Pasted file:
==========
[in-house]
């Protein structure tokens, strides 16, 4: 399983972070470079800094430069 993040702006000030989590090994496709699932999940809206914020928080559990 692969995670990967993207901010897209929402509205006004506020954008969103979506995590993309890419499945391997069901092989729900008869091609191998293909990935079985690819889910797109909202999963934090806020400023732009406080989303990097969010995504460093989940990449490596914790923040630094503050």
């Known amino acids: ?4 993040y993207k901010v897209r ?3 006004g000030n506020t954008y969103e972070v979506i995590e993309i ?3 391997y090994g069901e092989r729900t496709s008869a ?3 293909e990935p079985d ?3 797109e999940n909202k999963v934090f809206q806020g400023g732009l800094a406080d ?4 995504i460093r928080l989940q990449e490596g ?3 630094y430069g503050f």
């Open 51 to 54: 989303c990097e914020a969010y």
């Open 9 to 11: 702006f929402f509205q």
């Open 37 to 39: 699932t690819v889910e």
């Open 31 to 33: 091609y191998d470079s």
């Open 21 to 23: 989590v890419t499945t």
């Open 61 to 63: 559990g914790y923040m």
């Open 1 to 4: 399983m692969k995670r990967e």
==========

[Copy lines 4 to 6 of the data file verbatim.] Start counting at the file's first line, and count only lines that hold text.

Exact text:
């Open 51 to 54: 989303c990097e914020a969010y």
């Open 9 to 11: 702006f929402f509205q």
């Open 37 to 39: 699932t690819v889910e």